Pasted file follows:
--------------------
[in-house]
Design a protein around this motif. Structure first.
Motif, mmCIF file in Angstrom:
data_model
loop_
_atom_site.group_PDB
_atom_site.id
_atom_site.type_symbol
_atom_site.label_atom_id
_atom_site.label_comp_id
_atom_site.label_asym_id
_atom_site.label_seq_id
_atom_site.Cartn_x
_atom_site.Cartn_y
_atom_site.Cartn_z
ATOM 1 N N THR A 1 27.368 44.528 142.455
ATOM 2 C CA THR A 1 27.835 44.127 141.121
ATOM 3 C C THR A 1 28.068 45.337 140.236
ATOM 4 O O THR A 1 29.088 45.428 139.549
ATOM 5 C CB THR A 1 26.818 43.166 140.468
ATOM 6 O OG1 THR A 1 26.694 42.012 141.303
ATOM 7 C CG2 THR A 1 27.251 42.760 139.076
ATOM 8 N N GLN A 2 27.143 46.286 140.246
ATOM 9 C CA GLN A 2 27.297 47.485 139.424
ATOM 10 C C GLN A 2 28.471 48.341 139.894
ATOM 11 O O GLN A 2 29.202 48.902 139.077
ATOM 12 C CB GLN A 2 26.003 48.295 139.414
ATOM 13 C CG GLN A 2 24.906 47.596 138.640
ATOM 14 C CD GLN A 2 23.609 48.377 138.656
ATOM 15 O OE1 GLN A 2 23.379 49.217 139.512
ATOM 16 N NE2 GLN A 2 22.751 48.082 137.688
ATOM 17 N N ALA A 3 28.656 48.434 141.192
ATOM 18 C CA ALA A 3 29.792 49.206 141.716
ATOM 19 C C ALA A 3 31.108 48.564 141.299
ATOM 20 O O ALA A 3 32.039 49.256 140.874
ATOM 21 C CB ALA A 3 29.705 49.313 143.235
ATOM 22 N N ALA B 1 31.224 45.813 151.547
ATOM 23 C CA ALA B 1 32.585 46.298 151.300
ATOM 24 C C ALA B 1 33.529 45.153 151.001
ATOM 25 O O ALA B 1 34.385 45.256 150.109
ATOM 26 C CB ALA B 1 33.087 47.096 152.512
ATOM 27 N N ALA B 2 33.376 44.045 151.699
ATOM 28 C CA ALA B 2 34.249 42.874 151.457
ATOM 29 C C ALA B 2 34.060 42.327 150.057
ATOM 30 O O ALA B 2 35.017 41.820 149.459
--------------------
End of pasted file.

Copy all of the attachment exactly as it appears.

[in-house]
Design a protein around this motif. Structure first.
Motif, mmCIF file in Angstrom:
data_model
loop_
_atom_site.group_PDB
_atom_site.id
_atom_site.type_symbol
_atom_site.label_atom_id
_atom_site.label_comp_id
_atom_site.label_asym_id
_atom_site.label_seq_id
_atom_site.Cartn_x
_atom_site.Cartn_y
_atom_site.Cartn_z
ATOM 1 N N THR A 1 27.368 44.528 142.455
ATOM 2 C CA THR A 1 27.835 44.127 141.121
ATOM 3 C C THR A 1 28.068 45.337 140.236
ATOM 4 O O THR A 1 29.088 45.428 139.549
ATOM 5 C CB THR A 1 26.818 43.166 140.468
ATOM 6 O OG1 THR A 1 26.694 42.012 141.303
ATOM 7 C CG2 THR A 1 27.251 42.760 139.076
ATOM 8 N N GLN A 2 27.143 46.286 140.246
ATOM 9 C CA GLN A 2 27.297 47.485 139.424
ATOM 10 C C GLN A 2 28.471 48.341 139.894
ATOM 11 O O GLN A 2 29.202 48.902 139.077
ATOM 12 C CB GLN A 2 26.003 48.295 139.414
ATOM 13 C CG GLN A 2 24.906 47.596 138.640
ATOM 14 C CD GLN A 2 23.609 48.377 138.656
ATOM 15 O OE1 GLN A 2 23.379 49.217 139.512
ATOM 16 N NE2 GLN A 2 22.751 48.082 137.688
ATOM 17 N N ALA A 3 28.656 48.434 141.192
ATOM 18 C CA ALA A 3 29.792 49.206 141.716
ATOM 19 C C ALA A 3 31.108 48.564 141.299
ATOM 20 O O ALA A 3 32.039 49.256 140.874
ATOM 21 C CB ALA A 3 29.705 49.313 143.235
ATOM 22 N N ALA B 1 31.224 45.813 151.547
ATOM 23 C CA ALA B 1 32.585 46.298 151.300
ATOM 24 C C ALA B 1 33.529 45.153 151.001
ATOM 25 O O ALA B 1 34.385 45.256 150.109
ATOM 26 C CB ALA B 1 33.087 47.096 152.512
ATOM 27 N N ALA B 2 33.376 44.045 151.699
ATOM 28 C CA ALA B 2 34.249 42.874 151.457
ATOM 29 C C ALA B 2 34.060 42.327 150.057
ATOM 30 O O ALA B 2 35.017 41.820 149.459